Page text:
Wednesday, December 5, 2012

A Follow Up on This Current Dungeon Crawl

In response to my recent Labyrinth Lord dungeon crawl posts, both Fitz-Badger (of Soweiter League) and Erik (of Wampus Country) asked if I was having fun.

Indeed, I am having an absolute blast!

While writing my reply to Erik, I realized the "why" behind my answer:
I really need to do a better job conveying my emotions because I'm having a blast! I love dungeon crawls generally, but this is the first I've run in awhile where the only intent is to explore. There's no prince/ss to rescue, no object to find, no raid to thwart. It feels a lot like the D&D games I played as a kid.
While I have enjoyed each of the many solo dungeon crawls I've run in the last year or so, this one is perhaps the most fun I've had.

It's hard to precisely recollect feelings from 25-30 years ago, but it feels to me that this is the same excitement and fun I had playing when I was 10 or so, and had just discovered D&D b/x. Except for pre-published modules, we went into dungeons because it was the unknown, there were purported riches to be found there, and it begged for exploration. 

Of course, later (not that much later at that), influenced by commercial adventures, I would use the traditional objectives for a dungeon crawl for my own creations: rescues, item retrievals, thwarting plans, etc.  Still later, I realized that the rules can support a different kind of game entirely - crawls, hex or dungeon, are just one facet of what they can do.

But, as much as I enjoy stretching the rules beyond crawls to investigation type games, for instance, there is something liberating about going into a dungeon solely to explore, and to find fortune, adventure and fame.

It's as if the game was designed for just such a thing! (said while smacking forehead)

A dungeon crawl is not as complex as an investigation game, at least on the surface (no pun intended), but there's a many-layered story to be told here too. Who lives in this dungeon? Who built it? Why did they build it? Are they still here? Will they return? What are the relationships between the creatures in here now?  What about between the levels? Do they have contact with the surface world? To what extent and to what ends? Who are these characters stomping about to find loot? What acts of greatness or cowardice will they commit?*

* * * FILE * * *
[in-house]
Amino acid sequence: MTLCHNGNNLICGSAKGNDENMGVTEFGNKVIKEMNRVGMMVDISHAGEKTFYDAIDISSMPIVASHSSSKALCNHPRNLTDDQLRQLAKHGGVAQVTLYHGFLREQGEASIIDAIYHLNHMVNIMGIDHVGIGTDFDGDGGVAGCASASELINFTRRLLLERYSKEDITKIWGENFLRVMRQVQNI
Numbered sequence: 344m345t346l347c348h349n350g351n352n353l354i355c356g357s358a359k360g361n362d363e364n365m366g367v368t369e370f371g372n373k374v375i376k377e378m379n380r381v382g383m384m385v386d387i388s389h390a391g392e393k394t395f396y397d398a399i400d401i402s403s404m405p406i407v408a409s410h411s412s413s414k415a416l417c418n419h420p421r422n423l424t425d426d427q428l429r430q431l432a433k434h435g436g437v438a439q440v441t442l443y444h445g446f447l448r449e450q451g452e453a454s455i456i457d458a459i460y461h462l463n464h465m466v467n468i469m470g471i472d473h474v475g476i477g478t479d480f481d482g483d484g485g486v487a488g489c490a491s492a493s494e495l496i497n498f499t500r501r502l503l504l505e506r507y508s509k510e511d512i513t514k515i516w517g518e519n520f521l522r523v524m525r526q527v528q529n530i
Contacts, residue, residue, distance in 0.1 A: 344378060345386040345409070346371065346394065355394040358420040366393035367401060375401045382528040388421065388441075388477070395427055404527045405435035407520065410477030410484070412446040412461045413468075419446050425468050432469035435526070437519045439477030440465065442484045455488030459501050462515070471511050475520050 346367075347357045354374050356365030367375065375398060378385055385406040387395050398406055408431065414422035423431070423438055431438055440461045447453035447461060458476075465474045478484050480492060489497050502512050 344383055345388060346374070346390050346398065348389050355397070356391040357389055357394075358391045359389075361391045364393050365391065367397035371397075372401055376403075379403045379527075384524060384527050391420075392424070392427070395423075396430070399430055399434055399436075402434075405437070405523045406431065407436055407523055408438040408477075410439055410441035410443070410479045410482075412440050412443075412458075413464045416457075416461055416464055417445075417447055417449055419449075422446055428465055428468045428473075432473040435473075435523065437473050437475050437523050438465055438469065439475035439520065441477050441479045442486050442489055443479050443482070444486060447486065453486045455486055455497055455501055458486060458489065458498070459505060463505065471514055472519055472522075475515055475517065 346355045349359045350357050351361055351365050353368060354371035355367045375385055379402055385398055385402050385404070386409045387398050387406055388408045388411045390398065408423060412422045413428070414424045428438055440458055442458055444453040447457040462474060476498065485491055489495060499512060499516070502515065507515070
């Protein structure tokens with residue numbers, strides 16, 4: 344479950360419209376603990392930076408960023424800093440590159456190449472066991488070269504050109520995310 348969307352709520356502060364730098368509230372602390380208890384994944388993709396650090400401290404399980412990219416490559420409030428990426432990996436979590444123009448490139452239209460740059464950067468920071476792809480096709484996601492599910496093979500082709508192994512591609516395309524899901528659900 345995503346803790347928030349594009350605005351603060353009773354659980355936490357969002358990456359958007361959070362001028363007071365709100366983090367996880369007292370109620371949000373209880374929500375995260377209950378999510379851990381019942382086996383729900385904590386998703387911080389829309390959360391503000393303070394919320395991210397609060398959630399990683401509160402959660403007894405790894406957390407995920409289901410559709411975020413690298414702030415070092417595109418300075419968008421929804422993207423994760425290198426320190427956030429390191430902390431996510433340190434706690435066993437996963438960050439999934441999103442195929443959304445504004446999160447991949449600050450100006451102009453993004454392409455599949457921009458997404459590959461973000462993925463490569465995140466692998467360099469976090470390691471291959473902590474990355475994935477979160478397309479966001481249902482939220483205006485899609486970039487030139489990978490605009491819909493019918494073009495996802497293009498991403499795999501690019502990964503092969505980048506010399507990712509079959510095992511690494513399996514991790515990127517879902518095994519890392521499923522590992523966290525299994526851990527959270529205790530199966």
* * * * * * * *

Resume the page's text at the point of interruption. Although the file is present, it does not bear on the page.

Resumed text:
All of this begs to be discovered or, dare I say, investigated. Every new square of the map revealed, every encounter survived, is a thrill. And, survive or not, it's all fun.

*This, by the way, is why I'm flabbergasted when someone says they don't like dungeon crawls.


  1. I haven't had a good dungeon crawl in ages! I think they can be quite fun if not taken too seriously. Your reasoning and questions sound good to me. Trying to figure out the how and why of a particular dungeon, especially a randomly generated one, can add to the enjoyment of simply exploring to see what's there, to have some encounters and combat, find some treasure, and all the other things that can crop up, like the stuff in your adventure here.

    1. I can't seem to get players (or find a dm) interested in dungeon crawls, so running my own is the only option. You know what they say, if you want something right, do it yourself!

      I think the how and why questions, and trying to answer them, are the kinds of things we do on a regular basis as solo wargamers. Although I've done no study of it, I imagine solo gamers are more prone to this type of narrative justification for otherwise random rolls of the dice, than those participating in a game with at least one other person. In an rpg especially, from the player-side of the table, ideally, the events don't appear random, but a natural result of their character's action.

  2. I can recall my very first D&D character back in the 70s, Dlift the Delft, a first level thief with one (yes, only one) hit point . . . and 0 meant dead.

    Boy was he careful with traps. And, of course, he was the only logical "point man" for the party.

    He did live to make 2nd level . . . but the tension of those first few games was palpable for him.

    Glad you are having fun . . . and I'm tempted to try a crawl using your mapping system and the D30 tables (I went to RPGNow and bought it on your recommendation).

    Glad you are having fun, sir.

    -- Jeff

    1. Congratulations for getting him to second level! I find there's a lot of fun to be had in playing low level characters with low hit points. My friends who started playing D&D with much later editions don't understand why I would want to be a 1st level magic user with 2 hit points and just one spell.

      Please do give the mapping system a try if you have a chance. Any feedback would be much appreciated.

      That said, you might want to wait a bit before you do, as I plan to post a revised version in the next few days - the room sizes were just coming out too big way too often for my tastes.